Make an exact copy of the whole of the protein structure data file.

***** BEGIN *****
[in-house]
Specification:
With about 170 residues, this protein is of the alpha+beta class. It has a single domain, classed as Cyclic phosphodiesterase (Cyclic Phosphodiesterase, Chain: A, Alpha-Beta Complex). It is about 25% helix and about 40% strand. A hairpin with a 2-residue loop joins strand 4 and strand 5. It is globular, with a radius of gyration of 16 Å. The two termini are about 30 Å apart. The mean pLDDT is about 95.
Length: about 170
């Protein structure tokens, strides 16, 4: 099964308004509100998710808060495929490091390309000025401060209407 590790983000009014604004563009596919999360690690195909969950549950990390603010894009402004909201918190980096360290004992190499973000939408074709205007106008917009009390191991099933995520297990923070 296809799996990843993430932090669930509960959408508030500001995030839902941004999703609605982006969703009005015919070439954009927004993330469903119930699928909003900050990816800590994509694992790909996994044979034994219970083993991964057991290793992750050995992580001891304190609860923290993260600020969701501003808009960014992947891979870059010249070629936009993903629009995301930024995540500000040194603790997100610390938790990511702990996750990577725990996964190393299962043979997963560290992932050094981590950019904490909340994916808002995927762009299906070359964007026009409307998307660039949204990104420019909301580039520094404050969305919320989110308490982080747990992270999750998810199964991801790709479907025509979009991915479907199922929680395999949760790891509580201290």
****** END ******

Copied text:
[in-house]
Specification:
With about 170 residues, this protein is of the alpha+beta class. It has a single domain, classed as Cyclic phosphodiesterase (Cyclic Phosphodiesterase, Chain: A, Alpha-Beta Complex). It is about 25% helix and about 40% strand. A hairpin with a 2-residue loop joins strand 4 and strand 5. It is globular, with a radius of gyration of 16 Å. The two termini are about 30 Å apart. The mean pLDDT is about 95.
Length: about 170
């Protein structure tokens, strides 16, 4: 099964308004509100998710808060495929490091390309000025401060209407 590790983000009014604004563009596919999360690690195909969950549950990390603010894009402004909201918190980096360290004992190499973000939408074709205007106008917009009390191991099933995520297990923070 296809799996990843993430932090669930509960959408508030500001995030839902941004999703609605982006969703009005015919070439954009927004993330469903119930699928909003900050990816800590994509694992790909996994044979034994219970083993991964057991290793992750050995992580001891304190609860923290993260600020969701501003808009960014992947891979870059010249070629936009993903629009995301930024995540500000040194603790997100610390938790990511702990996750990577725990996964190393299962043979997963560290992932050094981590950019904490909340994916808002995927762009299906070359964007026009409307998307660039949204990104420019909301580039520094404050969305919320989110308490982080747990992270999750998810199964991801790709479907025509979009991915479907199922929680395999949760790891509580201290």